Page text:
Socio-economy & New Tech

    Financial & Social Inclusion

AXA Chairs


Breaking down the barriers to women’s leadership and entrepreneurship

Did you know that when they are poorly designed, gender diversity programs for managers can cause a backlash? Or that more developed countries tend to have lower shares of female entrepreneurship?

Despite the millions of dollars spent each year by firms on diversity plans, women in leadership positions are still lacking. In 2018, just 24 female CEOs led the companies on the Fortune 500 list. In startup environments in particular, women leaders face discrimination and biases. Alarmed by this stagnating phenomenon, and even downturn, Sciences Po Paris and its Entrepreneurship Centre created the Women in Business Chair. The goal of this new research and teaching chair, co-funded by the AXA Research Fund, is to implement interventions to reduce discrimination, the impact of stereotypes and biases, as well as other barriers to women’s leadership and entrepreneurship.

The idea behind the project sprung from a discussion I had with Maxime Marzin, the head of the Center for Entrepreneurship at Sciences Po, recounts economist Dr Anne Boring, holder of the Chair. He was telling me about the fact that only about a third of the applications for his start-up incubator emanates from women. And thus, even though 50% of the students attending the introductory course in entrepreneurship each year are women, whose results are just as good as men. We both wanted to understand why, so we went to Stanford University, where research is state-of-the-art in this field. We found out they didn’t really have an answer either. That’s when we realized the necessity of a research program about women in the start-up environment, and more generally in leadership positions.

Looking beyond appearances and biases to produce effective solutions

The research program Anne Boring and Maxime Marzin initiated consists in three strands: research, teaching and knowledge dissemination. So far, three research projects have started, to try and answer the following questions: what types of skills are women encouraged to adopt in the workplace to reach leadership positions? Are women learning the skills that will matter in the future? What are the specificities and constraints that women entrepreneurs face? These projects fall within the framework of two overarching research objectives: to conduct a review of the main reasons why there are few women in entrepreneurship and in leadership positions and to work on getting a better understanding of the skills that would be necessary for women to acquire at the higher education level. The Chair’s findings will be fed into the creation of training courses, at Sciences Po, of course, but also in other universities and contexts. The results, as well as the training material, will be disseminated as much as possible, notably through the creation of a dedicated website.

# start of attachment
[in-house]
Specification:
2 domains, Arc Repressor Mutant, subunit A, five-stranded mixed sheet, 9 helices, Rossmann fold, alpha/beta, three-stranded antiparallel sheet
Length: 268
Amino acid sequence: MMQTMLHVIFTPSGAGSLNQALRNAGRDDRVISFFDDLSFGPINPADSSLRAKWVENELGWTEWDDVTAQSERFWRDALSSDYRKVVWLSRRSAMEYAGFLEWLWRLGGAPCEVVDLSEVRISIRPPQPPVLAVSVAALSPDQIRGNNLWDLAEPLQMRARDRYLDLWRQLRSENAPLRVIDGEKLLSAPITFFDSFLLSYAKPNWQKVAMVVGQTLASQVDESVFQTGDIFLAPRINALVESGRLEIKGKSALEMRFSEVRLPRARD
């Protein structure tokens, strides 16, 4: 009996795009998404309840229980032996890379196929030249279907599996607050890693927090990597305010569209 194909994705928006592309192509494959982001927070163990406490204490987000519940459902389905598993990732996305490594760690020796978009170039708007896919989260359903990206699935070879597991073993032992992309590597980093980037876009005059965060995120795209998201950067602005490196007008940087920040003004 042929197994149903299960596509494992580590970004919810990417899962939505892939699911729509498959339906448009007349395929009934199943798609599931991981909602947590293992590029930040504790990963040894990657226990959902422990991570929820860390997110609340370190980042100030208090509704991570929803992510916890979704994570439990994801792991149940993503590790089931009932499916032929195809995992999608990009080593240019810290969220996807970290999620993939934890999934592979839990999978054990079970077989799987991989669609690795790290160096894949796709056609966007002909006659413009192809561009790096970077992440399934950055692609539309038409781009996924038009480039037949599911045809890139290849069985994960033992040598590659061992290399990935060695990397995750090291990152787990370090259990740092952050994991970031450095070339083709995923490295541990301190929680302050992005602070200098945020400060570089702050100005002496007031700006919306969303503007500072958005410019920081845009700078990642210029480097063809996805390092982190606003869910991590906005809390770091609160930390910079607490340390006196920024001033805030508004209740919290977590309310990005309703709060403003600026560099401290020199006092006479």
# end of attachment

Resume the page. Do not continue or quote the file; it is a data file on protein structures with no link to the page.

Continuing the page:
As Dr Boring remarks, "some of the advice that is presently given to women is not based on actual research. Recommendations can be based on biases or clichés that aren’t true. For instance, people tend to think the reason why women don’t have the same working and payment conditions as men is because they don’t negotiate. Thus, one common advice they are given is to learn to negotiate. However, a recent study showed that when women try it, they can be perceived negatively and thus sanctioned. Social and environmental norms complicate things. We need to change the idea that it’s women’s fault if they don’t get equal treatment."

Start-ups, particularly in the Tech industry, are redefining the labor market of the future. But in places like America’s Silicon Valley, women are grossly underrepresented, in the order of 10%. Such observations call for urgent action. The comprehensive and large-scale research program led by Dr Anne Boring aims to provide unprecedented insight into the obstacles to gender equality still rampant in our societies. "My personal hope is that the Chair will succeed in capturing the information that we lack and that we need to enable women to unleash their true potential, the head of the chair summarizes. We aim to train women to be prepared for the obstacles that they will encounter, teach them to react in a way that will defuse the discrimination they are likely to encounter. This way, we can give them the means to show that they are just as competent as men, and to obtain the positions and the salaries they deserve. We also want to help organizations reduce the impact of biases and discrimination in the workplace. "



Sciences Po





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